Summary: The currency of evolution is fitness. Whatever traits and behaviors (and random luck) led to an organism leaving more copies of its genes than average in the next generation, meant it was contextually ‘fitter’ than its conspecifics 22 . However, this ‘fitness’ is not a conscious or even instinctive goal. Organisms don’t parade around trying to be biologically fitter than others, but instead just repeat the behaviors which worked for their ancestors, indirectly leading to reproduction. A male spider is sometimes consumed by the female after they have sex 23 . This obviously is a bummer for the male spider, but it can be explained by evolution if the nutrition provided for the offspring (carrying his genes) outweighs the sum of his lost future mating opportunities (because he’s dead). Thus, t he spider, when presented with a 'hot female spider' doesn’t calculate the odds of being eaten vs. how many nutrients are in his body but performs a behavior that was successfully passed down through his ancestor’s genes. Those genes are not looking out for the individual spider but lead him straight into a lethal embrace because they ‘feel good’. At the opposite end of the spectrum, elephant matriarchs are genetically long-lived because they protect not only their own children, but their grandchildren and great-grandchildren, who pass along those long- lived genes (euphemistically known as the “grandmother effect”) 24 . To the unthinking genes, the bodies are disposable. It’s about which gene sequences are more efficient at replicating. The fact they produce bodies which do complex things is, as far as evolutionary fitness is concerned, only relevant to that replication. TaaL: “Fitness” is something which is only determined retroactively. When a hundred baby sea turtles break through the sand where their eggs were laid and race for the ocean, their fitness relative to one another is an open question, indeterminate. Which one’s movements preferentially attract the attention of the different predators which happen to be on the scene? Which one’s coloration will t end to give it an edge over offshore predators? Which ones will be more attracted to eating colorful (fatal) plastic pollution rather than jellyfish? Which will tend to dive versus remaining immobile when a shark swims below them, and which species of shark will that be? Which is more resistant to cancer-causing chemicals it will encounter via its foraging decisions? The one baby turtle in a thousand which ultimately survives to reproduce will have been tested by millions of unique threats and opportunities and be fitter only in that context. Evolution mostly produces lottery winners, not excellence.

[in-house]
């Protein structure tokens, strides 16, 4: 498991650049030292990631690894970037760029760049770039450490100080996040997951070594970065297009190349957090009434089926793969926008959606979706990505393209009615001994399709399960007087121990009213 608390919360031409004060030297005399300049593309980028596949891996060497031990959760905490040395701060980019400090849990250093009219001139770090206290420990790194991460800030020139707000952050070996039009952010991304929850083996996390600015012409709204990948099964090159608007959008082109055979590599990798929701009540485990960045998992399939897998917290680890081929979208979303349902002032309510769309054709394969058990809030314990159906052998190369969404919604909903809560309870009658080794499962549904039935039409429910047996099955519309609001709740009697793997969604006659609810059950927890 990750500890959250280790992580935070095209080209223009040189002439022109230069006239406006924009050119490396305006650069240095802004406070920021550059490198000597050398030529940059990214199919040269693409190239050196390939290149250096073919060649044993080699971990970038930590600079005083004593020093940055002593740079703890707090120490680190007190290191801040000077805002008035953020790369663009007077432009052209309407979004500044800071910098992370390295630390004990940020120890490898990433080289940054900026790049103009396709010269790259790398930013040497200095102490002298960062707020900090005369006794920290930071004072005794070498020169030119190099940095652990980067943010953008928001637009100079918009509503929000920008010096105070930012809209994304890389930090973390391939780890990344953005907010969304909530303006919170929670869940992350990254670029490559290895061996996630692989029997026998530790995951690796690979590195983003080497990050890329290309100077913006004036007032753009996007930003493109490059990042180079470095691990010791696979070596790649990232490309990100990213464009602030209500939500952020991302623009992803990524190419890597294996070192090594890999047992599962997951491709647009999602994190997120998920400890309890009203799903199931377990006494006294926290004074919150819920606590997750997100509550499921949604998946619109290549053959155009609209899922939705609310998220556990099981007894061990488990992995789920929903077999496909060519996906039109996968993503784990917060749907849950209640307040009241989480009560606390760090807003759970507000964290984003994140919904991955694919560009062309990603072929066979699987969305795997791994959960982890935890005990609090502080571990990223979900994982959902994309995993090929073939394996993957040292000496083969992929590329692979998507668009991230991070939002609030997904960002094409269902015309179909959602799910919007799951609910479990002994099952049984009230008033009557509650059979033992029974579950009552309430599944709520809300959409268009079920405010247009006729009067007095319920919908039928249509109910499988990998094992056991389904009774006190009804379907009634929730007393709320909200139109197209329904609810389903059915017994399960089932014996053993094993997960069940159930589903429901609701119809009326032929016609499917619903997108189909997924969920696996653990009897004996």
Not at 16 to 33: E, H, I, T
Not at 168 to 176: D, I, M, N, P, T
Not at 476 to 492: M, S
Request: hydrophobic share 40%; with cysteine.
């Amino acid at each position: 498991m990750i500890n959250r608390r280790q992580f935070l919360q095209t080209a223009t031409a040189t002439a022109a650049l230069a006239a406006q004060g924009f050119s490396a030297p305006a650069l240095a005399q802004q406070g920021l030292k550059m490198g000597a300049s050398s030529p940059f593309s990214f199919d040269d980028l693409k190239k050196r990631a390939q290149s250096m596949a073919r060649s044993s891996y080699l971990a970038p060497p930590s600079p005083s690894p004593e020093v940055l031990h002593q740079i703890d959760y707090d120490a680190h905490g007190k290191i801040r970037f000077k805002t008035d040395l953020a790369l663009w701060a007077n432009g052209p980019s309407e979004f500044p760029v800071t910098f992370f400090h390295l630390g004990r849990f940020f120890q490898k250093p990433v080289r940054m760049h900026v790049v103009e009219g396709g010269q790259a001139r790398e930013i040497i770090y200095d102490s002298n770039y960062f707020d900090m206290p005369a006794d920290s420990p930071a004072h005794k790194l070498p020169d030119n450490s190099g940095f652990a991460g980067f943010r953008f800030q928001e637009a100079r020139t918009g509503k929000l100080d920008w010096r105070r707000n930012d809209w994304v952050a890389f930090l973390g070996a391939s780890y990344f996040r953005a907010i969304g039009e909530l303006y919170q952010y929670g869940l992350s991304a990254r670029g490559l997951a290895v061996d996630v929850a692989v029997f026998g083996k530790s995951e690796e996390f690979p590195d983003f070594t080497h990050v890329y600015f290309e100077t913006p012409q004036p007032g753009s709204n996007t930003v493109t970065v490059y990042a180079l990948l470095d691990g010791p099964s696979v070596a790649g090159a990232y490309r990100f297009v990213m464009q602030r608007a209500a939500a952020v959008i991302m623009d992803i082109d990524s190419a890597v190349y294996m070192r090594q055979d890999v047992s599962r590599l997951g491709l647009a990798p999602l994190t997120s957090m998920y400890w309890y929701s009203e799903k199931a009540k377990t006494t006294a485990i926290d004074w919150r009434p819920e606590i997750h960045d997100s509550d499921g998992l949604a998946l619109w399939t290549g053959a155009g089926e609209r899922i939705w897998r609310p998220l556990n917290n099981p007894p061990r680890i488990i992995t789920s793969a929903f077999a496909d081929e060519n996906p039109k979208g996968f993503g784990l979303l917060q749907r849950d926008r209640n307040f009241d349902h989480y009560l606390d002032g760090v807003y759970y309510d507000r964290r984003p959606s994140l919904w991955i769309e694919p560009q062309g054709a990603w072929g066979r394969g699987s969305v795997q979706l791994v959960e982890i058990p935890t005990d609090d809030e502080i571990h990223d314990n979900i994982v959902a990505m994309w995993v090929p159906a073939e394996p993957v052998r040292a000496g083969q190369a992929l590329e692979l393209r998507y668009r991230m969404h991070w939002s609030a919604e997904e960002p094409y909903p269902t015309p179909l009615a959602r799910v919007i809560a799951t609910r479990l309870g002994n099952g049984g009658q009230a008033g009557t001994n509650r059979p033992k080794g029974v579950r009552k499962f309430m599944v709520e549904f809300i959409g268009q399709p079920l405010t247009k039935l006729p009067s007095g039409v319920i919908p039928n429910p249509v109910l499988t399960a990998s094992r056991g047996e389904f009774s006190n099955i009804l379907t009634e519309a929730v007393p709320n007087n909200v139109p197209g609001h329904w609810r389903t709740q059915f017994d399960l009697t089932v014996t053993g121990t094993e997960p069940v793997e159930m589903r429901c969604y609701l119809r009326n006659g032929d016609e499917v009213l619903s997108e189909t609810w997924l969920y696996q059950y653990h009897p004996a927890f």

Moreover, what’s “fit” today will likely not be what’s “fit” tomorrow. Even herbivore bunny rabbits and baby ducklings have enormous vicious hunting
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